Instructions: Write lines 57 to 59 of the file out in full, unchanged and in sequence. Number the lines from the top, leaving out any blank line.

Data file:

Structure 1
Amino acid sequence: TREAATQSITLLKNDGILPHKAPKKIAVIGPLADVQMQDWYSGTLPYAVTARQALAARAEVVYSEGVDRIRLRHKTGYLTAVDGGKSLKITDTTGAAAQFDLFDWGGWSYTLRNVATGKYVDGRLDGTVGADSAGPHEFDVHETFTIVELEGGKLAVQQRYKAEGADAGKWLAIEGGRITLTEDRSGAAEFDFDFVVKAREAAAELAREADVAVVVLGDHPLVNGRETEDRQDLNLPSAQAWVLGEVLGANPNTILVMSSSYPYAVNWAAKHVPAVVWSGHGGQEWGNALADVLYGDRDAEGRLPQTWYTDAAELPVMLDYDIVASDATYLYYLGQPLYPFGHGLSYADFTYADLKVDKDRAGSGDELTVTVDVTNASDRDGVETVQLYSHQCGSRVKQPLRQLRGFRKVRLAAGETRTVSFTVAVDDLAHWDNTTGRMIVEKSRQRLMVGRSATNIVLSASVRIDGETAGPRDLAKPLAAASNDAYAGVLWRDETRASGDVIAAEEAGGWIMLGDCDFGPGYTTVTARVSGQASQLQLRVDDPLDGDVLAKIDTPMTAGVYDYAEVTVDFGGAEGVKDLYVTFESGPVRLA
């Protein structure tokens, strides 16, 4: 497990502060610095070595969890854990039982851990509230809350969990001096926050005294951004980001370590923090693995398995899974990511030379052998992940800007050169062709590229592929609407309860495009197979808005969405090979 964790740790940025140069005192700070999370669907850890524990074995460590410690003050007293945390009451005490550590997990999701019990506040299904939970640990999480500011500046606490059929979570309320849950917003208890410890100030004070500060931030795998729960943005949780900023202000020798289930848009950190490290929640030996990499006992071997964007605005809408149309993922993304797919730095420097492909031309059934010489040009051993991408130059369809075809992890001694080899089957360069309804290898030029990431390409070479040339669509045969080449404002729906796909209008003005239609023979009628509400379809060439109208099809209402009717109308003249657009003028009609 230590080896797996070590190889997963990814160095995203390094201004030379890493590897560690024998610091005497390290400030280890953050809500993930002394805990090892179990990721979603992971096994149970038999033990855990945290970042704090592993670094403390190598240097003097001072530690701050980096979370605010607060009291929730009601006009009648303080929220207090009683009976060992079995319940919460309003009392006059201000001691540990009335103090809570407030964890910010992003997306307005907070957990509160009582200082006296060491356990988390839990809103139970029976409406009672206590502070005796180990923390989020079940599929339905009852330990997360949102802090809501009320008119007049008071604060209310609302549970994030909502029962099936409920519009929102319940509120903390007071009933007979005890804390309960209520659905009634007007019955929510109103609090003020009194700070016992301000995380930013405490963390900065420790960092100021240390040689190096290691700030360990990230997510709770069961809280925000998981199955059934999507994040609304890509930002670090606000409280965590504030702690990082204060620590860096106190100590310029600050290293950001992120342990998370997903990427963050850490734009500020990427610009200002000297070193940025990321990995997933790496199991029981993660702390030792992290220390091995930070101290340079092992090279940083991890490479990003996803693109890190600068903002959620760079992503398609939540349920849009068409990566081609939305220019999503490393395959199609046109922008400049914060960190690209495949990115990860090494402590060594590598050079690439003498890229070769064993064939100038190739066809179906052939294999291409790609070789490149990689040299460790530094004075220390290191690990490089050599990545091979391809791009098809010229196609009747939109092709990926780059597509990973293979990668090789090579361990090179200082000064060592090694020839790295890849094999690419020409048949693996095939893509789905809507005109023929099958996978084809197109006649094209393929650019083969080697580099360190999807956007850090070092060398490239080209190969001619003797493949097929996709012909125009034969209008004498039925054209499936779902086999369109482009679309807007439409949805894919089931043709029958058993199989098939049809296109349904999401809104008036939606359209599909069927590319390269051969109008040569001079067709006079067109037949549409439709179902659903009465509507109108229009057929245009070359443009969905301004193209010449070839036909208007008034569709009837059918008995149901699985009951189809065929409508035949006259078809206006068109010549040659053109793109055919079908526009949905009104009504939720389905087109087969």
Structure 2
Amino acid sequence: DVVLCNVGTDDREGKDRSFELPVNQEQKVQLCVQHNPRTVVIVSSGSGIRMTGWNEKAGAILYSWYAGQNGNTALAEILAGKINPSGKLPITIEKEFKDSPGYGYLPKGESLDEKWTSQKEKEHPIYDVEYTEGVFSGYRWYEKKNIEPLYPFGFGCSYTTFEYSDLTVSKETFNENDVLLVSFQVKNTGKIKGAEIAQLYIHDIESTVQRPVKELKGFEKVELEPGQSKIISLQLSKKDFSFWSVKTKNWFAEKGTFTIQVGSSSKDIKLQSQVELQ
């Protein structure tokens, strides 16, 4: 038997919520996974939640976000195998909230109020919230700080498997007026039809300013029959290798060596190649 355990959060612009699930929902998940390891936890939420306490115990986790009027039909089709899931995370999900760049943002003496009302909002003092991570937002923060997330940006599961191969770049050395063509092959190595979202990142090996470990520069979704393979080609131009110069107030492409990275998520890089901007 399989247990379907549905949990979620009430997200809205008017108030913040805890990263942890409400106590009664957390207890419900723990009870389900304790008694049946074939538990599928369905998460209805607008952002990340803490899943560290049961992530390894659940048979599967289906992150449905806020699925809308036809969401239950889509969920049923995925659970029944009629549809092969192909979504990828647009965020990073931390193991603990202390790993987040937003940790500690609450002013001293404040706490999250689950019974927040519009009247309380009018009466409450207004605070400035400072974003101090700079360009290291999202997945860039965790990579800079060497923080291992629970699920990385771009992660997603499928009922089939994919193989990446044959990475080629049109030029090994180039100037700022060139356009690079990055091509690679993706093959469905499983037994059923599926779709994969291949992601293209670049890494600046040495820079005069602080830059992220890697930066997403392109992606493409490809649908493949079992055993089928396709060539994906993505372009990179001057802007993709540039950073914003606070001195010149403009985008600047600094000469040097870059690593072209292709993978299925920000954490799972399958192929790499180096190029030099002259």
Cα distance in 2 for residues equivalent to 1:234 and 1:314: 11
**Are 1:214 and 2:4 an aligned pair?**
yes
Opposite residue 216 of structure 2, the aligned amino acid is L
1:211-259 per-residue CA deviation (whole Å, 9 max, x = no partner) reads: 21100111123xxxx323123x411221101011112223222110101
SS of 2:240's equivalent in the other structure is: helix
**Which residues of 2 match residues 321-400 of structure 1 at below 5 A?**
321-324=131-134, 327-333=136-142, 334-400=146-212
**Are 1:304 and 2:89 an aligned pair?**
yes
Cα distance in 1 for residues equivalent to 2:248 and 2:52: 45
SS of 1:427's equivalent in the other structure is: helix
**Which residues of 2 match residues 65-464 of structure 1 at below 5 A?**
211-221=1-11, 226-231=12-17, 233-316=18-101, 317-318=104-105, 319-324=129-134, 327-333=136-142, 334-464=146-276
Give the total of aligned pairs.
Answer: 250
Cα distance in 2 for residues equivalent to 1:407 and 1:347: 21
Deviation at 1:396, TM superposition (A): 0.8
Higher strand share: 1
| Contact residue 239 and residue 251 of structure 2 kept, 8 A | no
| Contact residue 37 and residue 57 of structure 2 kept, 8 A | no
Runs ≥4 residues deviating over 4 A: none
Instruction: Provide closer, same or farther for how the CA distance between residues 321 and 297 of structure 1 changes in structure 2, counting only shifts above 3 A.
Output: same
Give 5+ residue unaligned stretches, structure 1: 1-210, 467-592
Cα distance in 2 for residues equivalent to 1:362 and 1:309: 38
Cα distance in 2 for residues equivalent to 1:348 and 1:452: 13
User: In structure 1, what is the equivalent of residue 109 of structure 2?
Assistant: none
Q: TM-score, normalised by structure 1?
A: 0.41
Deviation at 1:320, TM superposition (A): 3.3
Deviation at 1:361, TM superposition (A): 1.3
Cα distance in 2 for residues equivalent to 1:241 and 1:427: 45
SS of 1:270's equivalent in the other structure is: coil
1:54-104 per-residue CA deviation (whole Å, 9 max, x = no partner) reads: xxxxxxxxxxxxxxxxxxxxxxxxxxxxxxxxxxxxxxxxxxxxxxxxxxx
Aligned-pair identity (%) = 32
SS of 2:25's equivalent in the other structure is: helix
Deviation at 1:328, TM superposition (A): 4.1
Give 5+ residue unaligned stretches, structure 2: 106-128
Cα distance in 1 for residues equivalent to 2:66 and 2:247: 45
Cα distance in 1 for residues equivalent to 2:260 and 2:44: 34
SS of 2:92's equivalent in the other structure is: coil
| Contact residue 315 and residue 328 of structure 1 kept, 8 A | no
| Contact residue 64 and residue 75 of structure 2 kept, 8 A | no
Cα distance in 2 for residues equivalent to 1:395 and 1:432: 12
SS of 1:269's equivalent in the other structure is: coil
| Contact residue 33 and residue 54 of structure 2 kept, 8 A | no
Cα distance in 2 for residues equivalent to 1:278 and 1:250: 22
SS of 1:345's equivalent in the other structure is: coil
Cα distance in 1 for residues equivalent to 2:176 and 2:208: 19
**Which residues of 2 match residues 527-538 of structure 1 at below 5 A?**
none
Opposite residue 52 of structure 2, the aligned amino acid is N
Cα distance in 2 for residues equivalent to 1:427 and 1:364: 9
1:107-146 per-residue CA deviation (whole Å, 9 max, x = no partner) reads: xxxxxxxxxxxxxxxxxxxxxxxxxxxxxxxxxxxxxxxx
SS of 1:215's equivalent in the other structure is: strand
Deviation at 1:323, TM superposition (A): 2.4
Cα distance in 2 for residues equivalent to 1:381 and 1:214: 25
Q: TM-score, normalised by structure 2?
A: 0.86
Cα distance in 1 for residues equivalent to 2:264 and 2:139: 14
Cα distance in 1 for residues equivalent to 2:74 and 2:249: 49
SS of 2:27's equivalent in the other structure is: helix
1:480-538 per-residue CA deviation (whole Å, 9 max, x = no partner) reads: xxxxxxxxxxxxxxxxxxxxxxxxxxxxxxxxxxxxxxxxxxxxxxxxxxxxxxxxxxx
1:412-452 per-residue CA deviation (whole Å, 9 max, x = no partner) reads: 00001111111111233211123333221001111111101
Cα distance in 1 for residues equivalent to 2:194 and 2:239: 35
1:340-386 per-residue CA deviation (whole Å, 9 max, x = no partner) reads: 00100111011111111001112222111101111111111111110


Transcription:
Cα distance in 1 for residues equivalent to 2:176 and 2:208: 19
**Which residues of 2 match residues 527-538 of structure 1 at below 5 A?**
none